I’ve never met anyone who thinks The Hold Steady are just “ok”. People either simply don’t ‘get’ them or, like me, think they’re absolutely the greatest band of the last twenty years. Open Door Policy, then, isn’t exactly likely to win them swathes of new fans, but for us long time admirers, it’s another thrilling addition to the already formidable Hold Steady canon.
The trademark murky mystery moments are here in abundance, for example on ‘Lanyards‘, where Craig Finn observes that “When they kicked in the door, they said “that’s way too much blood for a nose bleed.”” or in the hitherto uncharted waters of funk on ‘Unpleasant Breakfast‘, where with a backdrop of glorious horn bursts we are informed about “a hotel that was haunted by some sailor, who supposedly was murdered after losing all his treasure in the harbour.” This is all played out to the sound effect of police sirens, making it one of the most head-turning songs in the band’s catalogue yet.
In some ways, Open Door Policy is a hark back to the days of 2006’s Boys And Girls In America and its 2005 predecessor Separation Sunday in that it is a heady mix of numbers with triumphantly uplifting choruses, and fascinating, gripping ones that don’t seem to have a refrain at all. I’ve often commented on how The Hold Steady’s songs are like the coolest cult movies, with Finn acting as the sometimes bemused, often amused observer of the characters’ sordid and/or sometimes devastating life choices and their consequences. This album has that in spades.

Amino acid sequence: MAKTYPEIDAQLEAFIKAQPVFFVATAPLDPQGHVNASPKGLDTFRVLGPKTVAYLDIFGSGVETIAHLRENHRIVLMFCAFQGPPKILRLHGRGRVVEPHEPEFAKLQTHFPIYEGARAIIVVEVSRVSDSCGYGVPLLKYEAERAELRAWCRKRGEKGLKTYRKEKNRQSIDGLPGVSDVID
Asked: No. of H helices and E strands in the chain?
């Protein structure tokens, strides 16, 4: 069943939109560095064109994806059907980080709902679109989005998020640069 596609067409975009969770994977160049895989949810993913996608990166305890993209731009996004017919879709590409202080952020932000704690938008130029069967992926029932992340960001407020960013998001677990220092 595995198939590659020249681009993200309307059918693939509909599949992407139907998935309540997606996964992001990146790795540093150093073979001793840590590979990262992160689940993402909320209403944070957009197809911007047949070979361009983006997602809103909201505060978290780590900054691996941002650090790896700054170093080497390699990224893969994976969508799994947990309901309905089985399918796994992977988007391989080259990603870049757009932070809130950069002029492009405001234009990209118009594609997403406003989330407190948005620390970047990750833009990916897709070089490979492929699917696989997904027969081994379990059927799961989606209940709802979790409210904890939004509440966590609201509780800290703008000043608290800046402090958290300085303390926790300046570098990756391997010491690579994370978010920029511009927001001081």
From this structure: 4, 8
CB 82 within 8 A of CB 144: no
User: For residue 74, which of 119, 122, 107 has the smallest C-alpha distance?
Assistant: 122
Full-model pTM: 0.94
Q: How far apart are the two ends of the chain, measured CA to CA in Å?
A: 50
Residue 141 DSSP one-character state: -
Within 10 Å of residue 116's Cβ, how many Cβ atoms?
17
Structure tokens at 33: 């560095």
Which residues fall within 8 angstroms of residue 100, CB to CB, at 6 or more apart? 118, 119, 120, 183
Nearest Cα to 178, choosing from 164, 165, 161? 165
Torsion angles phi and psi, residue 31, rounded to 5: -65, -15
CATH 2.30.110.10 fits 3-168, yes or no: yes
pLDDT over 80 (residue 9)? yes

The easy swing of the Donald Fagen like closer ‘Hanover Camera‘ adds yet another dimension to the musical aspirations of the group, the reintroduction of keys man Franz Nicolay to their fold a couple of years ago seeming to have reinvigorated them into making pieces of music that are ever more aureate, yet thankfully checking themselves before it goes a little too stadium rock. I don’t think we’ll ever be able to accuse The Hold Steady of becoming a stadium band, and for that, let’s be grateful.
“And if the band ever plays the resurrection, it’s at the end of the show” slurs Craig Finn during ‘Spices‘, nodding back to Separation Sunday‘s closing track ‘How A Resurrection Really Feels‘ and we’re once again trying to piece together this magnificent jigsaw of mystique that has smitten us for 18 years (or more, if we’re including Finn’s previous band, Lifter Puller.
So yes, I admit I could reasonably be deemed a Hold Steady ‘fanboy’, but when the band consistently releases albums of such startling quality, how can I NOT carry on raving animatedly about how great they are? Open Door Policy, their eighth album, no less, sits right up there as one of their finest works yet.
Open Door Policy is released on 19th February through Thirty Tigers.